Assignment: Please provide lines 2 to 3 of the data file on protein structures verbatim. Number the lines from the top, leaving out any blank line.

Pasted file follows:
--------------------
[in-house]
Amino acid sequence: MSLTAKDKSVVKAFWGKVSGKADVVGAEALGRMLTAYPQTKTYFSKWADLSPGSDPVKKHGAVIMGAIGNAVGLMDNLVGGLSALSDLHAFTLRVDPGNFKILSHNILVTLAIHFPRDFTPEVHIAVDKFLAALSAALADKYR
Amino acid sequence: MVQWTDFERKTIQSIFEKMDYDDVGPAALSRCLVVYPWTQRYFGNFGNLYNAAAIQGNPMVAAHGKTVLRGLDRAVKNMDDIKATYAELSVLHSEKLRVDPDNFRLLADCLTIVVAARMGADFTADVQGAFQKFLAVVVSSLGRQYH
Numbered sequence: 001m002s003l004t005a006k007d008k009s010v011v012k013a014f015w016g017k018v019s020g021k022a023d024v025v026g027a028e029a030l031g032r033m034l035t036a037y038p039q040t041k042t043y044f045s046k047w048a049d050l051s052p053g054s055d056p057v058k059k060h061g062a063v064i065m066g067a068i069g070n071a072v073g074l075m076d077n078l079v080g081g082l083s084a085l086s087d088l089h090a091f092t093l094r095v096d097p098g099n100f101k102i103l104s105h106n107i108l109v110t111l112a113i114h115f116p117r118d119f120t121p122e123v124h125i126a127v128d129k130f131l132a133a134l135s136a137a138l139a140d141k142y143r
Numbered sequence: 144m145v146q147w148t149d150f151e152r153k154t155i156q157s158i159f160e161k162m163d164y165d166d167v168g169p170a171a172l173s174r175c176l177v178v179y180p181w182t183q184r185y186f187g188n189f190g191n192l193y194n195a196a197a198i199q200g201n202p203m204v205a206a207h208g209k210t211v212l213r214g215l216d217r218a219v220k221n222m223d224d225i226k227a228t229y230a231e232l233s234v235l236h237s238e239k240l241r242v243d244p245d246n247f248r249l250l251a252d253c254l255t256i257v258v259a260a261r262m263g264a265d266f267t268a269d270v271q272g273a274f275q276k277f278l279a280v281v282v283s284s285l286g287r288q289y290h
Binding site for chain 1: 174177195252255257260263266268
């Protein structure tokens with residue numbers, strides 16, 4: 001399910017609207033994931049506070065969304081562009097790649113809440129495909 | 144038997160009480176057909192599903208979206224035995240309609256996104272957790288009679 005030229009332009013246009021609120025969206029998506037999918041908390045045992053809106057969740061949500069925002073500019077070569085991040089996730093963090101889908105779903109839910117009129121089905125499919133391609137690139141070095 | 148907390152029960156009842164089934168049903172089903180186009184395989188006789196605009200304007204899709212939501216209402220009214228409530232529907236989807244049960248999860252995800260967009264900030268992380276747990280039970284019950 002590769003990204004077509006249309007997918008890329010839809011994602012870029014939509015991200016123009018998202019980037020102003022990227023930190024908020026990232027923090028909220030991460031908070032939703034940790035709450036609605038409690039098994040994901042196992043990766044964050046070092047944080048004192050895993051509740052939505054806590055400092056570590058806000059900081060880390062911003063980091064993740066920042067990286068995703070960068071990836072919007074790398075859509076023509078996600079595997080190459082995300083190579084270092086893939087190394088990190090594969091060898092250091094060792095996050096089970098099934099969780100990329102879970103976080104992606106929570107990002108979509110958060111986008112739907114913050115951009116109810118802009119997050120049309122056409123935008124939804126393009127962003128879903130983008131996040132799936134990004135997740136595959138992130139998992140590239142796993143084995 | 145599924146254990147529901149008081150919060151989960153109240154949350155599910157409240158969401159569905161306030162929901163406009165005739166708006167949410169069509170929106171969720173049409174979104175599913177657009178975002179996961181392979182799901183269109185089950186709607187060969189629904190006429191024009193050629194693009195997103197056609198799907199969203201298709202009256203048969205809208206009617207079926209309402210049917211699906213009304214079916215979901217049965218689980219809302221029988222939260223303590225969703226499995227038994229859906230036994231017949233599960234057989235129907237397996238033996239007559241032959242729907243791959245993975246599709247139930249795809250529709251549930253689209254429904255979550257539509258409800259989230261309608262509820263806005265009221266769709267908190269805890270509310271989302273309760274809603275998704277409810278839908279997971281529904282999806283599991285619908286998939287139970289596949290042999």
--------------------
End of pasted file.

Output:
Amino acid sequence: MSLTAKDKSVVKAFWGKVSGKADVVGAEALGRMLTAYPQTKTYFSKWADLSPGSDPVKKHGAVIMGAIGNAVGLMDNLVGGLSALSDLHAFTLRVDPGNFKILSHNILVTLAIHFPRDFTPEVHIAVDKFLAALSAALADKYR
Amino acid sequence: MVQWTDFERKTIQSIFEKMDYDDVGPAALSRCLVVYPWTQRYFGNFGNLYNAAAIQGNPMVAAHGKTVLRGLDRAVKNMDDIKATYAELSVLHSEKLRVDPDNFRLLADCLTIVVAARMGADFTADVQGAFQKFLAVVVSSLGRQYH